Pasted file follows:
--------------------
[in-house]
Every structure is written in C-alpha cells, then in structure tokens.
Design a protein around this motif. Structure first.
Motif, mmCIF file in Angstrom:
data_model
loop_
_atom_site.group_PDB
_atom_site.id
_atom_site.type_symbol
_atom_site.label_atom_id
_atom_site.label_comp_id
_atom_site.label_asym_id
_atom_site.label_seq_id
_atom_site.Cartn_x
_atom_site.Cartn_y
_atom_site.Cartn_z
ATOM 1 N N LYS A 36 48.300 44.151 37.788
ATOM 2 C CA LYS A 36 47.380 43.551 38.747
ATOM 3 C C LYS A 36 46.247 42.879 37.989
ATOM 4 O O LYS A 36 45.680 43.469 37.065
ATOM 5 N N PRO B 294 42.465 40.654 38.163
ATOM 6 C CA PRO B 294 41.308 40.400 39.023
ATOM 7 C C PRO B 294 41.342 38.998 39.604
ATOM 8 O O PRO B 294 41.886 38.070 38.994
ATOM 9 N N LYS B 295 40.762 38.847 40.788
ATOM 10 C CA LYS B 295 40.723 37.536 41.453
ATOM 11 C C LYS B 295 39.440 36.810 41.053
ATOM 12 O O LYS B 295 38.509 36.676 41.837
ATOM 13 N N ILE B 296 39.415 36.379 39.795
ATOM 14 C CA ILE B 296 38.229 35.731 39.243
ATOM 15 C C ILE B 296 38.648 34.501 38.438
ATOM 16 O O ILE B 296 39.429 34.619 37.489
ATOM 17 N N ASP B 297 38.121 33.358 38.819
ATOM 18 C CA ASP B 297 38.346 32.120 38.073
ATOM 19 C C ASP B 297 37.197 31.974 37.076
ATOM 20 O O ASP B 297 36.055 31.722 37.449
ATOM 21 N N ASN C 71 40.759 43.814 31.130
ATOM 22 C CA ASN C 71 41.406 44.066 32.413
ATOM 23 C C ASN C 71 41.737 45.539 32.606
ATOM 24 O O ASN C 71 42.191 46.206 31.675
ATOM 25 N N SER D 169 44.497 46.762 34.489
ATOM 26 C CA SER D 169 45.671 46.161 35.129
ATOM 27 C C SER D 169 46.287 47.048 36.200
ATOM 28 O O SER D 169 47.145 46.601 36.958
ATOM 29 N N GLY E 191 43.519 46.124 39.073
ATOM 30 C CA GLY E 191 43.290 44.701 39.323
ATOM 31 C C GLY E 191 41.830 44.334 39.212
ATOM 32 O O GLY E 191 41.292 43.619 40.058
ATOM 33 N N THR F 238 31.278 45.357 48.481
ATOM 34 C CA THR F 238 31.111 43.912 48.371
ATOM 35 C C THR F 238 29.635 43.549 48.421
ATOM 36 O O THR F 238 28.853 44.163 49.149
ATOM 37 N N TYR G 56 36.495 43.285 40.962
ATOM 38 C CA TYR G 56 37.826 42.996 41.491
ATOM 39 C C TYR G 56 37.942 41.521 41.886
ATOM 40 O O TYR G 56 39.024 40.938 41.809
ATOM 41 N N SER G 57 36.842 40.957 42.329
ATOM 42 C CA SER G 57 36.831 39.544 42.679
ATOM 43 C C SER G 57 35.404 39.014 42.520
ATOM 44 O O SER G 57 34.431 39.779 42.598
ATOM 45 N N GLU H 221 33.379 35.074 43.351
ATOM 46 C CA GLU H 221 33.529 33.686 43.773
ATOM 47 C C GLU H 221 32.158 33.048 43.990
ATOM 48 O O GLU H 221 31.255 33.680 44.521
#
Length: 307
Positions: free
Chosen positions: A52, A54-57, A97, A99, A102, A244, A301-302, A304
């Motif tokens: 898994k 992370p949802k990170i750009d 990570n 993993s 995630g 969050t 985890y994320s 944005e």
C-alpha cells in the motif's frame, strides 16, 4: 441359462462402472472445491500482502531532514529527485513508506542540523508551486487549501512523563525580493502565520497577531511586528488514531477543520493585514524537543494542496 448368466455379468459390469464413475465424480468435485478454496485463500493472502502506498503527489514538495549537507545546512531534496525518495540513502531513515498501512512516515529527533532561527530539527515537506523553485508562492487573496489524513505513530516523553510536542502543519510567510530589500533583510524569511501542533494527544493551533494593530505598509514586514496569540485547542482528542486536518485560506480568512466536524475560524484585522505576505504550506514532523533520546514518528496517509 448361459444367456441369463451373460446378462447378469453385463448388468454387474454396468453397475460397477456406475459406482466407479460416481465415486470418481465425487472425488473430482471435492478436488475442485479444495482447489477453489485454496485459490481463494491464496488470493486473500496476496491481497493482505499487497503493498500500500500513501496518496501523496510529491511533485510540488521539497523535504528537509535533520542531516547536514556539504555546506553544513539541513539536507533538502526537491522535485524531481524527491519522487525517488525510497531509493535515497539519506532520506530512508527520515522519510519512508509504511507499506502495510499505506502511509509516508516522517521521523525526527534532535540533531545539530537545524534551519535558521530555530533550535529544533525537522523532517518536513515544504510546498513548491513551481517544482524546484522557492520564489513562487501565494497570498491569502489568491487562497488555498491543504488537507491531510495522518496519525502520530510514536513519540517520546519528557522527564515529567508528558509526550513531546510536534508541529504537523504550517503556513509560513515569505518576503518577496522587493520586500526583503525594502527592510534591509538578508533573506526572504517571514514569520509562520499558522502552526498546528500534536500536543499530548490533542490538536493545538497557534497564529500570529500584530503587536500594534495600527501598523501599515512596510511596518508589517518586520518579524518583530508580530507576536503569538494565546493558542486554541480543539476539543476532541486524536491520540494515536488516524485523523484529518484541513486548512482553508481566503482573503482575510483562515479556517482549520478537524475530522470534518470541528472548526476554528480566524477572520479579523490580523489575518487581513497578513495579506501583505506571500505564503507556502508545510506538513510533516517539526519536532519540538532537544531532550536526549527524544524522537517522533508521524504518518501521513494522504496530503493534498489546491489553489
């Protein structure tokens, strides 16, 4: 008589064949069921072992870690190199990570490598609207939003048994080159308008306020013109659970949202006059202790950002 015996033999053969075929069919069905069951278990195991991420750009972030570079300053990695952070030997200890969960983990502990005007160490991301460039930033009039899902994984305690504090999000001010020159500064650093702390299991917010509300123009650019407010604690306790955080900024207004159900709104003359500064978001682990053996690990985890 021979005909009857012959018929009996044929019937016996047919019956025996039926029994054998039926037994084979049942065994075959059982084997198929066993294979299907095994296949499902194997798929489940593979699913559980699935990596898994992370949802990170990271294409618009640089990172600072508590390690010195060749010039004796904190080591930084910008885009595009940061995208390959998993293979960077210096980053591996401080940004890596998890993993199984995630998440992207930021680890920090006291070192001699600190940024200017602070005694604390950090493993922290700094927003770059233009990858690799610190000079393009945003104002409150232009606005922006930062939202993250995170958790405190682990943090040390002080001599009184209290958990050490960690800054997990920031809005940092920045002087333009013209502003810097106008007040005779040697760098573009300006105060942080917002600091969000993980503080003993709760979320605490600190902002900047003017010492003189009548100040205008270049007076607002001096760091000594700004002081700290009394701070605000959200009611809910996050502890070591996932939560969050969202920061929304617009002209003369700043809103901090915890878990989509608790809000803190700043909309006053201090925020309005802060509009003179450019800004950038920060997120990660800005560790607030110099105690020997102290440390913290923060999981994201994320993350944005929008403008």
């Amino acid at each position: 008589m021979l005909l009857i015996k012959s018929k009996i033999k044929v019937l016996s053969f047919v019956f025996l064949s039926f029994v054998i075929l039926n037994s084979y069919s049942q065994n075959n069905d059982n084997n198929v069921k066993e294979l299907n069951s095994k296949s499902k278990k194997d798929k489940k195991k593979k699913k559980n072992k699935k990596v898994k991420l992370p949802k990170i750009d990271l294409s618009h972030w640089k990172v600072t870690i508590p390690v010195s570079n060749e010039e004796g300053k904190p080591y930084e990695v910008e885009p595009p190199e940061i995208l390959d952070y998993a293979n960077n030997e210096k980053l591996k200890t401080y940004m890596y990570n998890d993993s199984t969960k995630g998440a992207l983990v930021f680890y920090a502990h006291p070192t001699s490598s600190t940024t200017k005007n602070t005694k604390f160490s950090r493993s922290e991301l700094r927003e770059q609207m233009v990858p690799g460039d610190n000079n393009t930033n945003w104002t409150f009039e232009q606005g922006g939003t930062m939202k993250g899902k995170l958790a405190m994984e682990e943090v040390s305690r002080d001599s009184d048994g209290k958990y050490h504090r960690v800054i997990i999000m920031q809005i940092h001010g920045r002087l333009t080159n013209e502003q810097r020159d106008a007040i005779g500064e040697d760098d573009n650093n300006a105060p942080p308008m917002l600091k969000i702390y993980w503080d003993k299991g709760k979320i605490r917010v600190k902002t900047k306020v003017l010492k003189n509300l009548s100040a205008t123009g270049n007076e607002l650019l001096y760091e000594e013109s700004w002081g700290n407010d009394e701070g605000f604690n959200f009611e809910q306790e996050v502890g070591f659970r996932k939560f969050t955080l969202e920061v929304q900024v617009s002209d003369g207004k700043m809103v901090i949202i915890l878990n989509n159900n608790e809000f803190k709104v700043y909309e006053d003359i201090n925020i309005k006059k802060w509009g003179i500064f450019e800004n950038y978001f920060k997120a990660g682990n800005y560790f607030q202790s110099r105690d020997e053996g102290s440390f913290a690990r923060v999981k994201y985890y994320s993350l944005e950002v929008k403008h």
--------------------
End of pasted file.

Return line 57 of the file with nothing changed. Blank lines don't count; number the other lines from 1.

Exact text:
ATOM 41 N N SER G 57 36.842 40.957 42.329